NEW SPEECH: Shadow Foreign Secretary David Lammy sets out Labour's approach to China and diplomacy
A Beijing to Britain briefing note
Labour’s Shadow Foreign Secretary David Lammy has just delivered a major speech at Chatham House outlining his party’s foreign policy vision. Lammy’s view is that three major trends are shaping the foreign policy landscape the next Labour government plans to inherit: a new age of geopolitical competition, weaponised interdependence, and a blurring of the distinction between foreign and domestic policy.
Labour’s answer? “Britain Reconnected”, a foreign policy strategy that acknowledges these realities, and produces five categories of policy ideas.
Key China points for leaders and policymakers
Citing President Joe Biden, Lammy said that “interdependent foreign policy has become domestic policy...[a]nd domestic policy has become foreign policy.”
Labour’s foreign policy vision can be split into five themes: security, prosperity, climate action, international development and diplomacy. For each theme, Labour has produced a set of pledges it wants to undertake.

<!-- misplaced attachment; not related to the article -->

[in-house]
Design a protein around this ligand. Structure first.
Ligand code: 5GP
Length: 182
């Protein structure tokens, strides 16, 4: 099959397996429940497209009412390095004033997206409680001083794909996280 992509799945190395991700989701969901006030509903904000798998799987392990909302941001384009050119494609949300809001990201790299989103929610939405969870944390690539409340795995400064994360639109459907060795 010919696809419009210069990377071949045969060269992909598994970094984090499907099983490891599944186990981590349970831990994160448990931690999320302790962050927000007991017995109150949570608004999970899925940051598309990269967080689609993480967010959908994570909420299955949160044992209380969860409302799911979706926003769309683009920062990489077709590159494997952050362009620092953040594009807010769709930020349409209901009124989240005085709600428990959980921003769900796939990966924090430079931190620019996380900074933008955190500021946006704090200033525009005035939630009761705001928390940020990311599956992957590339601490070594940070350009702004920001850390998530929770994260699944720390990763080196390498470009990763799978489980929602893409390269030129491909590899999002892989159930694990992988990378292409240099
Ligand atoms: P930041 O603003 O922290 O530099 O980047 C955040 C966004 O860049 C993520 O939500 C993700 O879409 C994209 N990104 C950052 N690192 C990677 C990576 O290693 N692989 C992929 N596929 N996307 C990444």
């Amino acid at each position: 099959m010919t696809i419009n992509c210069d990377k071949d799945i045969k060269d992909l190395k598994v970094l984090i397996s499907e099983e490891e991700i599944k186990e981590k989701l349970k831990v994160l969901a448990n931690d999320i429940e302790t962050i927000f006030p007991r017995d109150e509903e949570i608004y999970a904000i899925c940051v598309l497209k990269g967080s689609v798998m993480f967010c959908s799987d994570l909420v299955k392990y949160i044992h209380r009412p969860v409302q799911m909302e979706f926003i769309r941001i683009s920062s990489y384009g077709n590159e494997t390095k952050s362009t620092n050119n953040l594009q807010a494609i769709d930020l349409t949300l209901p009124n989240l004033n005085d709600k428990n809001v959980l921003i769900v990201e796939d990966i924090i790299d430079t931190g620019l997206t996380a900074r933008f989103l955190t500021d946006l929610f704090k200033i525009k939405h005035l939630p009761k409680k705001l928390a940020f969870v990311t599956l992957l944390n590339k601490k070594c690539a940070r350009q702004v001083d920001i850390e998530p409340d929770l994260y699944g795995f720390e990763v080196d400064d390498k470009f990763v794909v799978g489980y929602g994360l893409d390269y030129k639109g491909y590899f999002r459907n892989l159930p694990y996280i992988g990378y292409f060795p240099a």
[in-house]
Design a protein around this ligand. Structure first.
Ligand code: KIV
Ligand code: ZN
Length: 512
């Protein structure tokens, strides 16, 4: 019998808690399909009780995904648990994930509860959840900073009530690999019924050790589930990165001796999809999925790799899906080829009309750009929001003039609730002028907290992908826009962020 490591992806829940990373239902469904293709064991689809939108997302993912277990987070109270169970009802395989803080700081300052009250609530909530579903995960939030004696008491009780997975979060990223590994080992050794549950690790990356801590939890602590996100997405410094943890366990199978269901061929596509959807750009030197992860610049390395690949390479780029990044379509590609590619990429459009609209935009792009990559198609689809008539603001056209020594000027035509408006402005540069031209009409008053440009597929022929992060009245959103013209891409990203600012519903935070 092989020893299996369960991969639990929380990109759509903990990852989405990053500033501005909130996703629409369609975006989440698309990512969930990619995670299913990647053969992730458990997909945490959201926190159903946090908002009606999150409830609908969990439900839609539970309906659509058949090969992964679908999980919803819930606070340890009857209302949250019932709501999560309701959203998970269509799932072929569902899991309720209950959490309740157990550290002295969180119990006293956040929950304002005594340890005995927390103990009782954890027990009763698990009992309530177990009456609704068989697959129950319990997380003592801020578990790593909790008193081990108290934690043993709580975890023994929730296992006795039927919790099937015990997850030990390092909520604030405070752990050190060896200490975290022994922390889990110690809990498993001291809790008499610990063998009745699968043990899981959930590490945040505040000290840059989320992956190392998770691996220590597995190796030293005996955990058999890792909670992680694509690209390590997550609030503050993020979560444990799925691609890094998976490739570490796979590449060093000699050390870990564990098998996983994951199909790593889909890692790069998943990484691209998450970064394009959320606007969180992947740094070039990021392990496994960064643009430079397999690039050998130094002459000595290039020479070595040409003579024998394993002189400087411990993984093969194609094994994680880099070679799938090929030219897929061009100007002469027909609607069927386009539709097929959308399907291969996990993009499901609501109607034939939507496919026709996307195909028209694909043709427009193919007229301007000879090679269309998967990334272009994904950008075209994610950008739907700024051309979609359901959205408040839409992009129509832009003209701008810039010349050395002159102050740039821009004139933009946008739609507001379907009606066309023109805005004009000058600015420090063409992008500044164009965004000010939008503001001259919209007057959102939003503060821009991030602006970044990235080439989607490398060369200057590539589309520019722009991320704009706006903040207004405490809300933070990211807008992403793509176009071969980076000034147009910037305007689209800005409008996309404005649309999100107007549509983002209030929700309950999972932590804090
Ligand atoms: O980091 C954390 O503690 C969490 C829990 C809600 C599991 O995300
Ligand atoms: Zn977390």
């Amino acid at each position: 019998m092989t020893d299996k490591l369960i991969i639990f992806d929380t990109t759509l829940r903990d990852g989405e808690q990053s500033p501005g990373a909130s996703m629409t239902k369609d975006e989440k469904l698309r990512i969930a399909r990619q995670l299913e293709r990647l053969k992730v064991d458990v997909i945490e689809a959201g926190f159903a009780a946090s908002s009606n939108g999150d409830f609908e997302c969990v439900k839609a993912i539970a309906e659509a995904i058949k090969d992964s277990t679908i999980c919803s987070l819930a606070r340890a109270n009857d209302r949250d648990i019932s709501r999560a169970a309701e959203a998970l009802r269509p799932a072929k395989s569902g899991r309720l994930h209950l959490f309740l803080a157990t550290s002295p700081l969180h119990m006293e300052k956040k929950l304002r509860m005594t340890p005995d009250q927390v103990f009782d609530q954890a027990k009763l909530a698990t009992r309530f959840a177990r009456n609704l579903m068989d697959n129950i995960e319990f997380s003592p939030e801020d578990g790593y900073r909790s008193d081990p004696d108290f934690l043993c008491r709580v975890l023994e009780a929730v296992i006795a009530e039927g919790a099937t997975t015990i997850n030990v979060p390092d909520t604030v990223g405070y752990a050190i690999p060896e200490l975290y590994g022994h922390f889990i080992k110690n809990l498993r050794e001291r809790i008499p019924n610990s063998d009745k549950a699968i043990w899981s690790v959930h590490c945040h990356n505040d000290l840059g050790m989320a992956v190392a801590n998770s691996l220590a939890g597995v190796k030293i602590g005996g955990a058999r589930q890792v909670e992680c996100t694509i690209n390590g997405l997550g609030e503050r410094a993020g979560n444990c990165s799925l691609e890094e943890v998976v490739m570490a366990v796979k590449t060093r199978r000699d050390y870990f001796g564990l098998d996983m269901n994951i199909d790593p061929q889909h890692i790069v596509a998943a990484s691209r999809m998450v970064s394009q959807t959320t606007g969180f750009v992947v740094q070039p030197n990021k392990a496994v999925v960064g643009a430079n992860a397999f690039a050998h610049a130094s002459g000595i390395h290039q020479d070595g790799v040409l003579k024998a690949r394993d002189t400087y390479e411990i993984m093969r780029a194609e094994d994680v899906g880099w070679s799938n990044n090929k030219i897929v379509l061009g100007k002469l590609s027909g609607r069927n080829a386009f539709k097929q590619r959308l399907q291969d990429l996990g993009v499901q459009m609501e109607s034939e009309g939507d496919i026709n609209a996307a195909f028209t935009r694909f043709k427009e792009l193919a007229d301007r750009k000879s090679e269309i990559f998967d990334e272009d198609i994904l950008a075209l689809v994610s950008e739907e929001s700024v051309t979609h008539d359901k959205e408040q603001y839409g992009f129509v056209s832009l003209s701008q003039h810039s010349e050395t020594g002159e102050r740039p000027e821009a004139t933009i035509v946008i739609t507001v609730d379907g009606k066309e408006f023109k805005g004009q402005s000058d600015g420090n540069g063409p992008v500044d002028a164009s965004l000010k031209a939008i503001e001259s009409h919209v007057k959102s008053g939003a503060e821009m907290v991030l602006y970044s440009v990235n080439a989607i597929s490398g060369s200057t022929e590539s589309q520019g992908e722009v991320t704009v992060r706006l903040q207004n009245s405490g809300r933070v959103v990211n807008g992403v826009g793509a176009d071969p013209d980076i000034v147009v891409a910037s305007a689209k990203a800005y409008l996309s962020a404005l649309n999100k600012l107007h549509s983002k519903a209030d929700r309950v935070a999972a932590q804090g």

The rhetoric around climate action and working with the European Union is likely to draw significant coverage, but Labour also plans to focus on soft power and reforming institutions such as the Foreign Office and the United Nations Security Council.
Labour will commit to a “complete audit of the UK-China relationship”, based on a strategy of three Cs: Challenge, compete and cooperate. There is an acknowledgement that China has a huge market share in areas such as green technology.
Lammy picked out Artificial Intelligence, Automation, Quantum and Biotech as sectors that risk being “used as tools of authoritarian power.”
An entire transcript of the speech is at the end of this briefing note, in addition to Beijing to Britain analysis.
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